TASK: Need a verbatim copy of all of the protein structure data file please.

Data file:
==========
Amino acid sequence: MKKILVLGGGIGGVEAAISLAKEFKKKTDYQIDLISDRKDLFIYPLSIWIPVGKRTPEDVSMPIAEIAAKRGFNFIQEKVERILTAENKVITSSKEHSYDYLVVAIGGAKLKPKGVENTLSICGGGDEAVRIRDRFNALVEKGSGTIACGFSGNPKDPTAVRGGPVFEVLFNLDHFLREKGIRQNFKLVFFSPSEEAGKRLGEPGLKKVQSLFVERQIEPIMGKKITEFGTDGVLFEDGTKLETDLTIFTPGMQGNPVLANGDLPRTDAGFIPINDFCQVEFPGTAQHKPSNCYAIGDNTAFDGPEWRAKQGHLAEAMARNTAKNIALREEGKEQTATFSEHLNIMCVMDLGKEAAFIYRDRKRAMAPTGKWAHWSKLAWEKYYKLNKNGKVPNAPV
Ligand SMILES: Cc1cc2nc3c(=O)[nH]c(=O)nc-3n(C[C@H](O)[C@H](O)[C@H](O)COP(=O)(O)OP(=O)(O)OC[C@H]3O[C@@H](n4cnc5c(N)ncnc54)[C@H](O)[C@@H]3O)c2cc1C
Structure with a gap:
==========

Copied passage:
Amino acid sequence: MKKILVLGGGIGGVEAAISLAKEFKKKTDYQIDLISDRKDLFIYPLSIWIPVGKRTPEDVSMPIAEIAAKRGFNFIQEKVERILTAENKVITSSKEHSYDYLVVAIGGAKLKPKGVENTLSICGGGDEAVRIRDRFNALVEKGSGTIACGFSGNPKDPTAVRGGPVFEVLFNLDHFLREKGIRQNFKLVFFSPSEEAGKRLGEPGLKKVQSLFVERQIEPIMGKKITEFGTDGVLFEDGTKLETDLTIFTPGMQGNPVLANGDLPRTDAGFIPINDFCQVEFPGTAQHKPSNCYAIGDNTAFDGPEWRAKQGHLAEAMARNTAKNIALREEGKEQTATFSEHLNIMCVMDLGKEAAFIYRDRKRAMAPTGKWAHWSKLAWEKYYKLNKNGKVPNAPV
Ligand SMILES: Cc1cc2nc3c(=O)[nH]c(=O)nc-3n(C[C@H](O)[C@H](O)[C@H](O)COP(=O)(O)OP(=O)(O)OC[C@H]3O[C@@H](n4cnc5c(N)ncnc54)[C@H](O)[C@@H]3O)c2cc1C
Structure with a gap: